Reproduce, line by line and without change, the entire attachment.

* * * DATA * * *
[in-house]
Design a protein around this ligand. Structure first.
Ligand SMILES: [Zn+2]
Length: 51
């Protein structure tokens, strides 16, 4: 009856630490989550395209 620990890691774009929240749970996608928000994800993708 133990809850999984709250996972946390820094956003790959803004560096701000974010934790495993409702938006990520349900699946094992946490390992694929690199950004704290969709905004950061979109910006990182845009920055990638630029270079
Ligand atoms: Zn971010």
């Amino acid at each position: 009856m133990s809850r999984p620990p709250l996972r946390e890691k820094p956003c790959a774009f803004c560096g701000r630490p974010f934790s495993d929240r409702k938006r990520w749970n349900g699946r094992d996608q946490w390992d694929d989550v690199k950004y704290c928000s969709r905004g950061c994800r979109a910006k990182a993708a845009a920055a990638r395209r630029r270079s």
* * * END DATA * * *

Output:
[in-house]
Design a protein around this ligand. Structure first.
Ligand SMILES: [Zn+2]
Length: 51
């Protein structure tokens, strides 16, 4: 009856630490989550395209 620990890691774009929240749970996608928000994800993708 133990809850999984709250996972946390820094956003790959803004560096701000974010934790495993409702938006990520349900699946094992946490390992694929690199950004704290969709905004950061979109910006990182845009920055990638630029270079
Ligand atoms: Zn971010």
């Amino acid at each position: 009856m133990s809850r999984p620990p709250l996972r946390e890691k820094p956003c790959a774009f803004c560096g701000r630490p974010f934790s495993d929240r409702k938006r990520w749970n349900g699946r094992d996608q946490w390992d694929d989550v690199k950004y704290c928000s969709r905004g950061c994800r979109a910006k990182a993708a845009a920055a990638r395209r630029r270079s």